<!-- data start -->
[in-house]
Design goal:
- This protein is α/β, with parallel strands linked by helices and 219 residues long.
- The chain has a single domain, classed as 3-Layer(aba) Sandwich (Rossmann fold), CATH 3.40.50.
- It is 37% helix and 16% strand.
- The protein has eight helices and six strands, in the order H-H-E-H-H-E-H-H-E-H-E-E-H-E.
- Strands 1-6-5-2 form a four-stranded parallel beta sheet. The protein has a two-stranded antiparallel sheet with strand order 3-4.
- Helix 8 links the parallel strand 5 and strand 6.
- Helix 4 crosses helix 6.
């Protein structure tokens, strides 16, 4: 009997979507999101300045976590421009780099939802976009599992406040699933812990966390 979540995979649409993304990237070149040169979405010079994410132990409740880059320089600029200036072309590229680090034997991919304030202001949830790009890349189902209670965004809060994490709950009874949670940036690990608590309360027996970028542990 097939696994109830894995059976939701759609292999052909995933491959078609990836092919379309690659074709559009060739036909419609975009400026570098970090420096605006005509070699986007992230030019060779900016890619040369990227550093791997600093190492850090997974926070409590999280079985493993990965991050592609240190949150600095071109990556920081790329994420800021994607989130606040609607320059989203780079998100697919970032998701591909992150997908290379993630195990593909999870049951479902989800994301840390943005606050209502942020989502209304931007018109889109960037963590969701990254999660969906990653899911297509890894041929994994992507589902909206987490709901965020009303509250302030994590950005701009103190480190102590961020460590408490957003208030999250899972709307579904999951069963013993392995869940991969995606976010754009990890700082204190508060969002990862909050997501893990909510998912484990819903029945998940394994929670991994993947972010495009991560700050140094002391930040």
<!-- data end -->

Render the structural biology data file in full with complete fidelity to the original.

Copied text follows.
[in-house]
Design goal:
- This protein is α/β, with parallel strands linked by helices and 219 residues long.
- The chain has a single domain, classed as 3-Layer(aba) Sandwich (Rossmann fold), CATH 3.40.50.
- It is 37% helix and 16% strand.
- The protein has eight helices and six strands, in the order H-H-E-H-H-E-H-H-E-H-E-E-H-E.
- Strands 1-6-5-2 form a four-stranded parallel beta sheet. The protein has a two-stranded antiparallel sheet with strand order 3-4.
- Helix 8 links the parallel strand 5 and strand 6.
- Helix 4 crosses helix 6.
């Protein structure tokens, strides 16, 4: 009997979507999101300045976590421009780099939802976009599992406040699933812990966390 979540995979649409993304990237070149040169979405010079994410132990409740880059320089600029200036072309590229680090034997991919304030202001949830790009890349189902209670965004809060994490709950009874949670940036690990608590309360027996970028542990 097939696994109830894995059976939701759609292999052909995933491959078609990836092919379309690659074709559009060739036909419609975009400026570098970090420096605006005509070699986007992230030019060779900016890619040369990227550093791997600093190492850090997974926070409590999280079985493993990965991050592609240190949150600095071109990556920081790329994420800021994607989130606040609607320059989203780079998100697919970032998701591909992150997908290379993630195990593909999870049951479902989800994301840390943005606050209502942020989502209304931007018109889109960037963590969701990254999660969906990653899911297509890894041929994994992507589902909206987490709901965020009303509250302030994590950005701009103190480190102590961020460590408490957003208030999250899972709307579904999951069963013993392995869940991969995606976010754009990890700082204190508060969002990862909050997501893990909510998912484990819903029945998940394994929670991994993947972010495009991560700050140094002391930040």